Tuesday, December 1, 2009
Today, while reading comments on a news article, I ran across this: “Pray for Obama—Psalm 109:8.” Looking up the passage, I read: “May his days be few; may another take his place of leadership.” Okay, I thought; someone is praying for his removal from presidential office, probably when his term expires. But the following verses sound far more sinister:
 May his days be few; may another take his place of leadership.
 May his children be fatherless and his wife a widow.
 May his children be wandering beggars; may they be driven from their ruined homes.
 May a creditor seize all he has; may strangers plunder the fruits of his labor.
 May no one extend kindness to him or take pity on his fatherless children.
 May his descendants be cut off, their names blotted out from the next generation.
Psalm 109:8–13, New International Version
Ouch! Somebody really has it in for this guy! Targeting the President for such treatment shows a great deal of hatred—probably not how God intended for His Word to be used, don’t you think? I Googled the passage and found a slew of articles and references on it. Many were strongly slanted and opinionated; most condemned such use of Scripture. I learned that it has been seen across the country on bumper stickers, T-shirts, and other items.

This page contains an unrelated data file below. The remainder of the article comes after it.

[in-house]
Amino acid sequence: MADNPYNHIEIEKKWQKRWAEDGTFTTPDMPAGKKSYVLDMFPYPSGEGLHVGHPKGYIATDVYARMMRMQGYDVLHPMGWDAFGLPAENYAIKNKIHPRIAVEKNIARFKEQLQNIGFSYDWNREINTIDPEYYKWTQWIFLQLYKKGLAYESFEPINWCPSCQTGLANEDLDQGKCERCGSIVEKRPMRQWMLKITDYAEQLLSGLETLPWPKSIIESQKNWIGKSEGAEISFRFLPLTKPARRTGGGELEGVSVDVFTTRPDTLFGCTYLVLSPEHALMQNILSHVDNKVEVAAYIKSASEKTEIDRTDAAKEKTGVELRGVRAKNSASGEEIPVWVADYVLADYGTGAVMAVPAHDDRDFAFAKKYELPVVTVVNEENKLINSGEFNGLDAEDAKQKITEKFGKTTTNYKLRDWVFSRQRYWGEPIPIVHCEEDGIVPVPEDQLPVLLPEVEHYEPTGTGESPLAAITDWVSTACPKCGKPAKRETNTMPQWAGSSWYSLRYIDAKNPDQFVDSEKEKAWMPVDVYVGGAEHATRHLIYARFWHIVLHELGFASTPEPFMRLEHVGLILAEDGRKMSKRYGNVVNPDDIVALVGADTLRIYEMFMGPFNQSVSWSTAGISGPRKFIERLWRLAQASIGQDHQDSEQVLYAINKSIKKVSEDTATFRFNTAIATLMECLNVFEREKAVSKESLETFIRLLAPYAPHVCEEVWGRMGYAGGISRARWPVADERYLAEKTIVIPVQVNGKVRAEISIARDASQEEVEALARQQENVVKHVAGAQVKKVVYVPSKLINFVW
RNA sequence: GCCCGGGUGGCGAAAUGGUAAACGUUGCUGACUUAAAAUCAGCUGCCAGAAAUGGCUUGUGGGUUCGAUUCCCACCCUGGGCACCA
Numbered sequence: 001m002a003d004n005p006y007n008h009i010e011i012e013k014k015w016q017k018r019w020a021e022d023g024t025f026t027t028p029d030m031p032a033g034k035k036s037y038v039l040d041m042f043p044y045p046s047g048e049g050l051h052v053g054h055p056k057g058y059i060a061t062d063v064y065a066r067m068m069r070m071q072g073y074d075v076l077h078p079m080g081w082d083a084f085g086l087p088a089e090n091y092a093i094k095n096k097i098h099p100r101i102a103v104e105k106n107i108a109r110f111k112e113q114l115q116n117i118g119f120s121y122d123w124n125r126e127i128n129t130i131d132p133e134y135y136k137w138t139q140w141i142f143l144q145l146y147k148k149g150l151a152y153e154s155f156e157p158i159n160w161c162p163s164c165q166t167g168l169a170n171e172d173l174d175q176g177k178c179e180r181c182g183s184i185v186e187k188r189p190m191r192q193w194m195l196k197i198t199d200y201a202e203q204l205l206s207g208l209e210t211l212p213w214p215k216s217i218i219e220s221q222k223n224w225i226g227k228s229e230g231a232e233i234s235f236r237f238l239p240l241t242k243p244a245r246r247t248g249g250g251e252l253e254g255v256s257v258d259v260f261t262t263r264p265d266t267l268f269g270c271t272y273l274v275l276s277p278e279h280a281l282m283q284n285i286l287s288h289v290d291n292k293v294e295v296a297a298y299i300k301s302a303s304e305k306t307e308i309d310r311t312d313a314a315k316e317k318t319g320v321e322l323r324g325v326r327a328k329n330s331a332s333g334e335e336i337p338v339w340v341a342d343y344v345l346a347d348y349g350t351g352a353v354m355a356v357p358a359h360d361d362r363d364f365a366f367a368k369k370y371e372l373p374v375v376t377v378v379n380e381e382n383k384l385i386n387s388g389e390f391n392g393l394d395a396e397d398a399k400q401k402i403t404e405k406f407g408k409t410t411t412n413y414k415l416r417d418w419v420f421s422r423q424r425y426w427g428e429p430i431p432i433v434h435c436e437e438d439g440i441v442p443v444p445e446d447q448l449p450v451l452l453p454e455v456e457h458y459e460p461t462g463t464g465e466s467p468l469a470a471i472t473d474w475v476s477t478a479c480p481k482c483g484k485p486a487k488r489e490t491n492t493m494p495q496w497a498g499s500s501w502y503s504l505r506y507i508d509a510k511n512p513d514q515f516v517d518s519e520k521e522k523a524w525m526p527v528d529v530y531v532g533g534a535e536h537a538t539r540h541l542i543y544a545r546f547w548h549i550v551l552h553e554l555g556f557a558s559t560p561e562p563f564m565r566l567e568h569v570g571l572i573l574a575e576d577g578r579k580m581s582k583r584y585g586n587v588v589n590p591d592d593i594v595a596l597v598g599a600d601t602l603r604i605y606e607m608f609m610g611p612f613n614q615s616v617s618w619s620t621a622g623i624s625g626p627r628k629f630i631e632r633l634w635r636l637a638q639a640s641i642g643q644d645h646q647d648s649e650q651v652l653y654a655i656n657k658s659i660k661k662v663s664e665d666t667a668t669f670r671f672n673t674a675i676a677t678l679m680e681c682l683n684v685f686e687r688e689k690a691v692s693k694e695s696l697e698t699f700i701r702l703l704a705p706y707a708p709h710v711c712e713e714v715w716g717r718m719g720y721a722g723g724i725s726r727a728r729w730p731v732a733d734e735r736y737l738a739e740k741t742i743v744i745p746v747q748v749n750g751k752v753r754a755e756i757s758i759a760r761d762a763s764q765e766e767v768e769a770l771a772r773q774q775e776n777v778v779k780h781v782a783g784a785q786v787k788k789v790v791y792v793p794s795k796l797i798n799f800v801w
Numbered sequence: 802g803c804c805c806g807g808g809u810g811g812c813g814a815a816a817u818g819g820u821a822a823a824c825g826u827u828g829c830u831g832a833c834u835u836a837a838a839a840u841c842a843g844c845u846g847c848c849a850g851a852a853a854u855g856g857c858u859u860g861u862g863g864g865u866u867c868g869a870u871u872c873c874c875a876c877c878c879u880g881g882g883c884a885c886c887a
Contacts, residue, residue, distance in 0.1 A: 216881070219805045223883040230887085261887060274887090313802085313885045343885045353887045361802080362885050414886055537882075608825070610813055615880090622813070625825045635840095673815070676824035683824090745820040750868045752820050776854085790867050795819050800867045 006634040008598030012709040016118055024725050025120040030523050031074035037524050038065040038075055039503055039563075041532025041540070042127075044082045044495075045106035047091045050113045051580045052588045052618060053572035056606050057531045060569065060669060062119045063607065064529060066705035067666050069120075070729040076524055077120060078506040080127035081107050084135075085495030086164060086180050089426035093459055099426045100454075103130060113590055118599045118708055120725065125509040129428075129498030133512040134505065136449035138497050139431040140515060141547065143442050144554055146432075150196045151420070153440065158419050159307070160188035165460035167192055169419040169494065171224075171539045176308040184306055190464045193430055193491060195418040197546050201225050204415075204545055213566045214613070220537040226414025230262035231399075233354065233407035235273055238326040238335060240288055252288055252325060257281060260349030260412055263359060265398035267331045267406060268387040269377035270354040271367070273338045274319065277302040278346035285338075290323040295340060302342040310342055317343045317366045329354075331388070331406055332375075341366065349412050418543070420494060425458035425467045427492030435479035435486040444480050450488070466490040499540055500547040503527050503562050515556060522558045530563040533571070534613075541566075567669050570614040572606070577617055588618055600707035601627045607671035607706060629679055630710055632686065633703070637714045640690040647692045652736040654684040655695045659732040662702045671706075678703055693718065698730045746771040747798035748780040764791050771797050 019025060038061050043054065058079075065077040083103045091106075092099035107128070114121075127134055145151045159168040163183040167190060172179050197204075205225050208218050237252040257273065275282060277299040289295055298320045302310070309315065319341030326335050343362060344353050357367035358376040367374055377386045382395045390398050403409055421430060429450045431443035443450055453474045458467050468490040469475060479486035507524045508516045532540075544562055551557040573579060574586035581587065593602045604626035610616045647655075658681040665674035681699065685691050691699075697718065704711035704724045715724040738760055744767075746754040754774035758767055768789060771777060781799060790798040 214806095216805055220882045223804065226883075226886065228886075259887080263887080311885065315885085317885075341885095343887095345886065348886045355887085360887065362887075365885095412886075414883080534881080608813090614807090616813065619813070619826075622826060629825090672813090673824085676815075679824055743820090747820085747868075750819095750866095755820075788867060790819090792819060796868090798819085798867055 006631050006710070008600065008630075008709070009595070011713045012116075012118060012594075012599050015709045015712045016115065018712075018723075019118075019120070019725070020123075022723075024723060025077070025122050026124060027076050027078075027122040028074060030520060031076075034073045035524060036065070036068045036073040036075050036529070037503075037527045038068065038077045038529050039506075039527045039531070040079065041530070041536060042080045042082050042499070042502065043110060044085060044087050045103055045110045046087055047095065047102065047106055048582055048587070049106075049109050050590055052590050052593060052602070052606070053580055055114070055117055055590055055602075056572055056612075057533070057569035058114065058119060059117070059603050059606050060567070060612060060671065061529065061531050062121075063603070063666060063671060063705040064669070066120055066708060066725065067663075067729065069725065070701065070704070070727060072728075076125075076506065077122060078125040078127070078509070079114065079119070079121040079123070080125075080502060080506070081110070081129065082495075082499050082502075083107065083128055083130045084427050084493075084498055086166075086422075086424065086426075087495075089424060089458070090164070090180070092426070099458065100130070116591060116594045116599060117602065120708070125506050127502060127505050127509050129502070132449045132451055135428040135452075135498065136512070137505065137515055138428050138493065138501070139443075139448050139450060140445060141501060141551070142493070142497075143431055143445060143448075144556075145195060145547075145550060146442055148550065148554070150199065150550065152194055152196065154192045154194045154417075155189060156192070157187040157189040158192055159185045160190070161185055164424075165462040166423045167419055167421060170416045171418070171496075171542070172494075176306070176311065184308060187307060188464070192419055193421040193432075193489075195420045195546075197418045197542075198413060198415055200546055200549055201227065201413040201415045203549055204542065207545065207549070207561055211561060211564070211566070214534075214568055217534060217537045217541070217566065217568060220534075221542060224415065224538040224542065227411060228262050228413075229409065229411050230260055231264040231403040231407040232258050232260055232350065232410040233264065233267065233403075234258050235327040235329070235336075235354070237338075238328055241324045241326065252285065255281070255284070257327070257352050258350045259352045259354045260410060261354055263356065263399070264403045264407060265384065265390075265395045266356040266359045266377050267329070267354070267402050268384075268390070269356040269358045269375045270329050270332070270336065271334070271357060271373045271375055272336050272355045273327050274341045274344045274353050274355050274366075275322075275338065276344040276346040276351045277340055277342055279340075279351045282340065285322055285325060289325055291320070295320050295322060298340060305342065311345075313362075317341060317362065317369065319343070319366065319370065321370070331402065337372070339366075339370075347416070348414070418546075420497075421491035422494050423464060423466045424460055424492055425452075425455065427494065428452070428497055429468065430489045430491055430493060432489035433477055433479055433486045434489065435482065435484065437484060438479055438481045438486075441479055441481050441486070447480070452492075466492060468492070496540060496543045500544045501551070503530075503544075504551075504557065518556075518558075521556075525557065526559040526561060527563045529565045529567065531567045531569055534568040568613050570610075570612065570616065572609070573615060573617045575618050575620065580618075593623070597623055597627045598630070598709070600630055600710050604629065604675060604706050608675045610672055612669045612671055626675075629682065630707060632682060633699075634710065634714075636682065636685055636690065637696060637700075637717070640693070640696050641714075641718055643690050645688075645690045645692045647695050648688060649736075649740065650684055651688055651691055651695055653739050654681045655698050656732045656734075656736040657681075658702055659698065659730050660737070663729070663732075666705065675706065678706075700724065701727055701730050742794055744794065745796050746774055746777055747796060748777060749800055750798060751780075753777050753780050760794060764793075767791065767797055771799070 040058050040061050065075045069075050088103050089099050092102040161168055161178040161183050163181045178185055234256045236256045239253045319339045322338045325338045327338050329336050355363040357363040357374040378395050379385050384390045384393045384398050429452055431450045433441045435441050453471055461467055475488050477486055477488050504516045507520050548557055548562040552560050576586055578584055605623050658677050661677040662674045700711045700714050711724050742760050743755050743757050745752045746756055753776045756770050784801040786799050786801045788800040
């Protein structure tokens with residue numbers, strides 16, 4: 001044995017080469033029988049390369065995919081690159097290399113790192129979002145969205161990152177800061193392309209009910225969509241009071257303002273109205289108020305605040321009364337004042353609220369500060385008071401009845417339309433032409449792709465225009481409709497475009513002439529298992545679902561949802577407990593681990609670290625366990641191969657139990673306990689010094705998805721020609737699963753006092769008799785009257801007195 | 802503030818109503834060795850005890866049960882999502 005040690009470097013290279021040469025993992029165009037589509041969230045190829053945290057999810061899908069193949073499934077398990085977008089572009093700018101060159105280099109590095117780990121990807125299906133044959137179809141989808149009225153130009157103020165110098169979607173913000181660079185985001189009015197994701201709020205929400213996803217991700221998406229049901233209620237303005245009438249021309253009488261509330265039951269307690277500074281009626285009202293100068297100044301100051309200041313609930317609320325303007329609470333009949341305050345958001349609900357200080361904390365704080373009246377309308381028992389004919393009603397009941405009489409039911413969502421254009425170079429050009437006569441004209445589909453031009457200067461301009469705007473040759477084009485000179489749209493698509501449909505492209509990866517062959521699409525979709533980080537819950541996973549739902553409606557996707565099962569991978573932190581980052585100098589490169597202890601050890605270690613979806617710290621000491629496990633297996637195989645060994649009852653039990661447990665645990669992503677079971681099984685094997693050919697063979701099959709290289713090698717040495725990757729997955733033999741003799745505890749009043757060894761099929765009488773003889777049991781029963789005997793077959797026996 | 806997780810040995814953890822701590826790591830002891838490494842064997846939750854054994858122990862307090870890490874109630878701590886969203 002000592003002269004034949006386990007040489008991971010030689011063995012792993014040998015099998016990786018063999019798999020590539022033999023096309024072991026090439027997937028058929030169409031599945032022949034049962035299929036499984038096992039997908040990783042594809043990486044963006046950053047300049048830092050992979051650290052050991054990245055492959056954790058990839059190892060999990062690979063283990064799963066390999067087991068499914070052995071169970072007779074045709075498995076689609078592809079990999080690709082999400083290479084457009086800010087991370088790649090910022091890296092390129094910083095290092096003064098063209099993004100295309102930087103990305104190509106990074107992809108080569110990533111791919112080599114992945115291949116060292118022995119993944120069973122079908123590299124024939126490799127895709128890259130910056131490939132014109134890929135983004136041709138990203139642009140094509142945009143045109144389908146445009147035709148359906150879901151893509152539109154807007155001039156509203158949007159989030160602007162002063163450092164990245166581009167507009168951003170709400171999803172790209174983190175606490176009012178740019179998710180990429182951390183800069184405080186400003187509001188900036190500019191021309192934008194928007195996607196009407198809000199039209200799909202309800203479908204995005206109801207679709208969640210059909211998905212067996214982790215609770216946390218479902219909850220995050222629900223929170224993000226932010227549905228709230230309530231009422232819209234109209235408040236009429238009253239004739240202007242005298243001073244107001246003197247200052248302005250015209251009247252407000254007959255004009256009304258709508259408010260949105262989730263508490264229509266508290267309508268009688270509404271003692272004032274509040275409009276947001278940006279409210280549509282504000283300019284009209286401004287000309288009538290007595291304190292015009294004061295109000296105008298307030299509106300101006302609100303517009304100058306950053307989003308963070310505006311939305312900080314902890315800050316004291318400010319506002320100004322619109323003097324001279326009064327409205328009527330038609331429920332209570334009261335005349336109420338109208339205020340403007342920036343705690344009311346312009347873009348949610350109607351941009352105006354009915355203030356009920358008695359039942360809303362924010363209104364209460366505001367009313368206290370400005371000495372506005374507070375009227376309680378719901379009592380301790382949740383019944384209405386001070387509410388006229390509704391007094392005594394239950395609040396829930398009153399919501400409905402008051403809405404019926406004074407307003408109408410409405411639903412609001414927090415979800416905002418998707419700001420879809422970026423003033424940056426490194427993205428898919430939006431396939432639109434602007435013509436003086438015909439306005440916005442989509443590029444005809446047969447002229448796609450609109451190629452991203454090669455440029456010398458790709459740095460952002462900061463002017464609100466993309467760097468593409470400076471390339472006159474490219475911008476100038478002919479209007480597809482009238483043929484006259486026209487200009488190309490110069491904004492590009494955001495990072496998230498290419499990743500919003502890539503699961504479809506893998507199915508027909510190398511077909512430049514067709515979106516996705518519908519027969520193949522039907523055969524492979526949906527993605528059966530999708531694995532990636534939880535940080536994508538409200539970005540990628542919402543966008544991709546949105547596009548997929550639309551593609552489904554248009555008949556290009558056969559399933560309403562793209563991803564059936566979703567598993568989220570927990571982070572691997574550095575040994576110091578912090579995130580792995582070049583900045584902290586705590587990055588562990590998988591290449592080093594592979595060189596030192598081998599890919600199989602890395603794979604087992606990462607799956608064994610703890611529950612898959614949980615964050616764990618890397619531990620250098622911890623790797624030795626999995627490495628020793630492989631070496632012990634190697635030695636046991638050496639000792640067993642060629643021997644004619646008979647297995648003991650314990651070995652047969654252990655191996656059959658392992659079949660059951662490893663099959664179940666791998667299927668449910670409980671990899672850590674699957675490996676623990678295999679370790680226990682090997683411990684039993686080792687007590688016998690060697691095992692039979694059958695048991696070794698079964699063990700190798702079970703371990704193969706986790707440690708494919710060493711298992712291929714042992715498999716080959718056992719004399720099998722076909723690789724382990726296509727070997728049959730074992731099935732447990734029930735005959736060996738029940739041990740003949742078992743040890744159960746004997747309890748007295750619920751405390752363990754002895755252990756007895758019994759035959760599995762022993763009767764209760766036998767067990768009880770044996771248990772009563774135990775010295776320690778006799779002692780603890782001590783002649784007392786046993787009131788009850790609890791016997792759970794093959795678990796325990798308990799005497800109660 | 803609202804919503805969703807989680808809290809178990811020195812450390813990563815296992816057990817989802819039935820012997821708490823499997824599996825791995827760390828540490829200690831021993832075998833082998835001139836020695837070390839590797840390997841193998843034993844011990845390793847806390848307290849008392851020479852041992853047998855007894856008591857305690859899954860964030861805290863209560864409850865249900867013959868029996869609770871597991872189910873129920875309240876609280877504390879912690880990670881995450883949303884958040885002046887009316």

Some websites have stopped selling Psalm 109:8 items because of how this passage is used and how it looks like hatred:
Wishing death upon someone in power is obviously nothing new, even in our nation, but recently it seems to be gaining popularity:
While prayers of death wishes are totally out of the picture for most of us, I would instead recommend that we pray for President Obama, and all of our government leaders, that they learn to make wise decisions to benefit the country and ultimately the world. I am well aware that wise decisions are more the exception than the rule in today’s USA (I will address some of this in the next post), and that is all the more reason to pray for them. Contrast the following Scripture with the one quoted above; I will close the article with this.
 I urge, then, first of all, that requests, prayers, intercession and thanksgiving be made for everyone—
 for kings and all those in authority, that we may live peaceful and quiet lives in all godliness and holiness.
1 Timothy 2:1–2, New International Version